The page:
Furlough warning: Britons may struggle with mortgage payments – ‘don’t bury head in sand’

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Furlough is set to draw to a close at the end of September, and there are fears there may be a swell in redundancies. Indeed, as Government support begins to wane in the coming months, some companies are already reckoning with the idea of laying off staff. Nobody knows the impact redundancies will have across the country, but losing one’s job can have major ramifications.

One of these is mortgage payments, perhaps the biggest financial responsibility anyone will take on.

Defaulting on a mortgage can have serious consequences which many people will be hopeful to avoid. 

With this in mind, Express.co.uk spoke exclusively to John Penberthy-Smith, Chief Commercial Officer at Saffron Building Society.

Mr Penberthy-Smith provided further insight into the help available for Britons in this bind.

He said: “With the wind-down of furlough support already in progress, and the fear of potential redundancies looming for some workers, we are aware that many are looking for some guidance if they are concerned about paying for their mortgage.

“It is common, especially with us Brits, to bury our heads in the sand in embarrassment. 

“But there are Government benefits and financial support available, and it is vital that everyone asks for, and gets, all the help they deserve.”

It is worth noting that benefits may not totally cover a person’s mortgage repayments.

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However, the extra cash could prove a lifeline to help families who are impacted by this change.

Payments may provide a bridge for Britons between jobs, while a person searches for a new job.

Mr Penberthy-Smith stressed that asking for support is a sign of “strength, not weakness” and that individuals should not be afraid to look into the matter.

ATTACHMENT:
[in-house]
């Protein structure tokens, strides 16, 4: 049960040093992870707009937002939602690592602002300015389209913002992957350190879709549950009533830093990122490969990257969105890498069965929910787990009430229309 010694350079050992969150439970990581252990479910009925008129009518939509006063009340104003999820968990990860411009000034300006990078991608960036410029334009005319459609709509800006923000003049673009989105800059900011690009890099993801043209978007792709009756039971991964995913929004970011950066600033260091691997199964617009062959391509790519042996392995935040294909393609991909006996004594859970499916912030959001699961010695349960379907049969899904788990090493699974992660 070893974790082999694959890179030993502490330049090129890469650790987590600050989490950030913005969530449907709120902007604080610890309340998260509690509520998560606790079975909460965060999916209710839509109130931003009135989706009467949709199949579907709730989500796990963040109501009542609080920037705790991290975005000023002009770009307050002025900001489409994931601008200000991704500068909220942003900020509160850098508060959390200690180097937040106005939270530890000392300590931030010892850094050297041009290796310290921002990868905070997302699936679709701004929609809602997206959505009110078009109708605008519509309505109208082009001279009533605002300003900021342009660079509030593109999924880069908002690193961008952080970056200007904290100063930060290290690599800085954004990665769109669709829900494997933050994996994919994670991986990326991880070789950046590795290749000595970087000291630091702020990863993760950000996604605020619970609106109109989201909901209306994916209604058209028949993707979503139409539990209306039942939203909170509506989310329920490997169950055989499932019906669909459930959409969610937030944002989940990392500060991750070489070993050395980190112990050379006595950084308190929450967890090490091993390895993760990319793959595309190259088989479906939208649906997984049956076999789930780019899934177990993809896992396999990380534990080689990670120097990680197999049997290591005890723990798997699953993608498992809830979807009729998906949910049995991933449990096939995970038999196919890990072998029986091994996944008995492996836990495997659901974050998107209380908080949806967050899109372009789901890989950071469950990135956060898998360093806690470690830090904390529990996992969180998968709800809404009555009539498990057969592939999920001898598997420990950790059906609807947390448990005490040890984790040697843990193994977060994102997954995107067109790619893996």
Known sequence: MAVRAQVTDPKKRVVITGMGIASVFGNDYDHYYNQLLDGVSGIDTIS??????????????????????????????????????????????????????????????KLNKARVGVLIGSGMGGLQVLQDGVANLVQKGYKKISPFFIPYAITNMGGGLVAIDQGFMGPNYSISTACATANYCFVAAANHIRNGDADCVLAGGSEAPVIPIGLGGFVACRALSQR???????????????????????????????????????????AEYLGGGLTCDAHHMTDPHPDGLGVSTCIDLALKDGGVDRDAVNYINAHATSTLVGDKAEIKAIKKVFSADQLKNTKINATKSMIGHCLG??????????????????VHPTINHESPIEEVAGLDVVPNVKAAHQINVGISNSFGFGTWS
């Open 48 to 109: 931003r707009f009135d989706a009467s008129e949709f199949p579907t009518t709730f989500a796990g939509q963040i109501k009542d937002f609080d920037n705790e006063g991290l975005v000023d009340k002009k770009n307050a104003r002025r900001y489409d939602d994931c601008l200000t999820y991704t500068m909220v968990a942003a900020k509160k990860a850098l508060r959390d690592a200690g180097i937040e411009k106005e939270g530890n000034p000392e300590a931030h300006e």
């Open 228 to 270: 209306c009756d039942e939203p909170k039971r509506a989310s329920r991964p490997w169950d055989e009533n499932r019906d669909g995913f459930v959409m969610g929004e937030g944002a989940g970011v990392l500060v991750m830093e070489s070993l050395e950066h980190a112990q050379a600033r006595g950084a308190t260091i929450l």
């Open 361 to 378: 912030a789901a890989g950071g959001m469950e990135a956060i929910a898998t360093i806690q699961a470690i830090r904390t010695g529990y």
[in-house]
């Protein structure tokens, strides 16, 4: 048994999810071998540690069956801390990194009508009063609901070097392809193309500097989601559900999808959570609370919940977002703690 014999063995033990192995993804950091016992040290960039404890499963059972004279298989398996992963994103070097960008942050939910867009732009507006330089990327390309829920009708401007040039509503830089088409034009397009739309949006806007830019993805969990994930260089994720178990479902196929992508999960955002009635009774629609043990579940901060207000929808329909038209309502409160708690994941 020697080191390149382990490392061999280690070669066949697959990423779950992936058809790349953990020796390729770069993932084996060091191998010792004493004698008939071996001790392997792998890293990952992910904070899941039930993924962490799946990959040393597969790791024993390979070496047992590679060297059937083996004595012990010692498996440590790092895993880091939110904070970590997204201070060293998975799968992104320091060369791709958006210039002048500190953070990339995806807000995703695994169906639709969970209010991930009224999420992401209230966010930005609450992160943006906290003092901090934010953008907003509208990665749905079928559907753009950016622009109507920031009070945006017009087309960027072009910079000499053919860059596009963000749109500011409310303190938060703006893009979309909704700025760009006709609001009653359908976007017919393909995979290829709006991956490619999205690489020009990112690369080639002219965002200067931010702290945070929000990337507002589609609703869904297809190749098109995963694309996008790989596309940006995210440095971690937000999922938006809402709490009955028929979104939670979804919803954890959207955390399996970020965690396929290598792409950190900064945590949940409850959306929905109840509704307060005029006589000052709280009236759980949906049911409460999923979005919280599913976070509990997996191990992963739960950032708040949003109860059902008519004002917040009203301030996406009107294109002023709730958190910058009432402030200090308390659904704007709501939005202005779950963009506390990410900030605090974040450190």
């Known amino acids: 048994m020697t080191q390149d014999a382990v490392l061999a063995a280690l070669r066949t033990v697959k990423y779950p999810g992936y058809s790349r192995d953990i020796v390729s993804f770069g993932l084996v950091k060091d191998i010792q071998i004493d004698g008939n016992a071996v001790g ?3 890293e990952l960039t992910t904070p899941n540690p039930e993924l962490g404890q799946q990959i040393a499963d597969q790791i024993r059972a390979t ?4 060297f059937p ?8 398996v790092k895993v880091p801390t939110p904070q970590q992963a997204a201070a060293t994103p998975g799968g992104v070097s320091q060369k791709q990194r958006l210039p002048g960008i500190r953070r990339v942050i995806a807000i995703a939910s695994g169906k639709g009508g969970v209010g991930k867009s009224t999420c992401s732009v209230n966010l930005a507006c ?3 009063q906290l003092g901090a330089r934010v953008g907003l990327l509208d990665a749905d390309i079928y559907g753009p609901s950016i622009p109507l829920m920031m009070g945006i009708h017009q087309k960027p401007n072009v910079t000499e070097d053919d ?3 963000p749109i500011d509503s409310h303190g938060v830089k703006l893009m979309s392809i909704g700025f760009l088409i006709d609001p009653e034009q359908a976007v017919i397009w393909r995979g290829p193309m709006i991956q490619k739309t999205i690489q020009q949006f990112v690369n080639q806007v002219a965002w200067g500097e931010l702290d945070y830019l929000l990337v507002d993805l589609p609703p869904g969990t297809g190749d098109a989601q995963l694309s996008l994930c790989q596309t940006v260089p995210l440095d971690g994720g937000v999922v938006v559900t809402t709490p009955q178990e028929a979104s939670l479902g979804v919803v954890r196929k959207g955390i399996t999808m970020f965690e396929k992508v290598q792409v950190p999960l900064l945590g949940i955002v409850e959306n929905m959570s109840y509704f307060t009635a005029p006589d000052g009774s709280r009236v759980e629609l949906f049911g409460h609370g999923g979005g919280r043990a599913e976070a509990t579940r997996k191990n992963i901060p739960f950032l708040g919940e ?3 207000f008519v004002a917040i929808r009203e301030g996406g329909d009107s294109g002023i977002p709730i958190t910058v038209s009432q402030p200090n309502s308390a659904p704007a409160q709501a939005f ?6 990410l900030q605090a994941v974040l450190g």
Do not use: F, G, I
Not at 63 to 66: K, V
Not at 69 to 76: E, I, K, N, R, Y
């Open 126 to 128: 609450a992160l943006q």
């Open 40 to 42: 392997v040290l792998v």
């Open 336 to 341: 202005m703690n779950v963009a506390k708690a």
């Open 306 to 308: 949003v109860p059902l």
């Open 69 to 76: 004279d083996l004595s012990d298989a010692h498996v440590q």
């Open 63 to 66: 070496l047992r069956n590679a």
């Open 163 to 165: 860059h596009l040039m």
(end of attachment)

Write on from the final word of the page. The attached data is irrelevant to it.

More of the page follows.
He continued: “The UK Government has the scheme to support those who fall into difficulties called the Support for Mortgage Interest scheme (SMI). 

“It is not a guaranteed solution, as there is an application process, but the government will cover your mortgage interest with a loan up to the value of £200,000.

“SMI should be considered a temporary solution, as with any loan, it is subject to interest – currently 2.08 percent –  and will need to be repaid on the sale or transfer of ownership of the property.

“The loan is paid directly to the lender. To date, we have not seen an increase in members taking the loans.”

To be eligible for a Support for Mortgage Interest loan, a person usually needs to be in receipt of one of the following benefits:

  • Universal Credit
  • Pension Credit
  • Income Support
  • Income-based Jobseeker’s Allowance
  • Income-related Employment and Support Allowance

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Britons can apply through contacting the office which pays their benefit to see if they are eligible. 

However, Mr Penberthy-Smith highlighted an option which he considers to be the “best recommendation”.

He advised Britons to always speak openly and honestly about their financial situation to avoid chaos and confusion.

He concluded: “It’s more than money; it is your mental and physical health that can be affected in these situations.

“A responsible lender will do all they can to support you.

“They will give you personalised guidance at what we understand is a challenging time.”

Those who feel like they could be in a worsening situation are encouraged to speak to debt charities such as StepChange or National Debtline.

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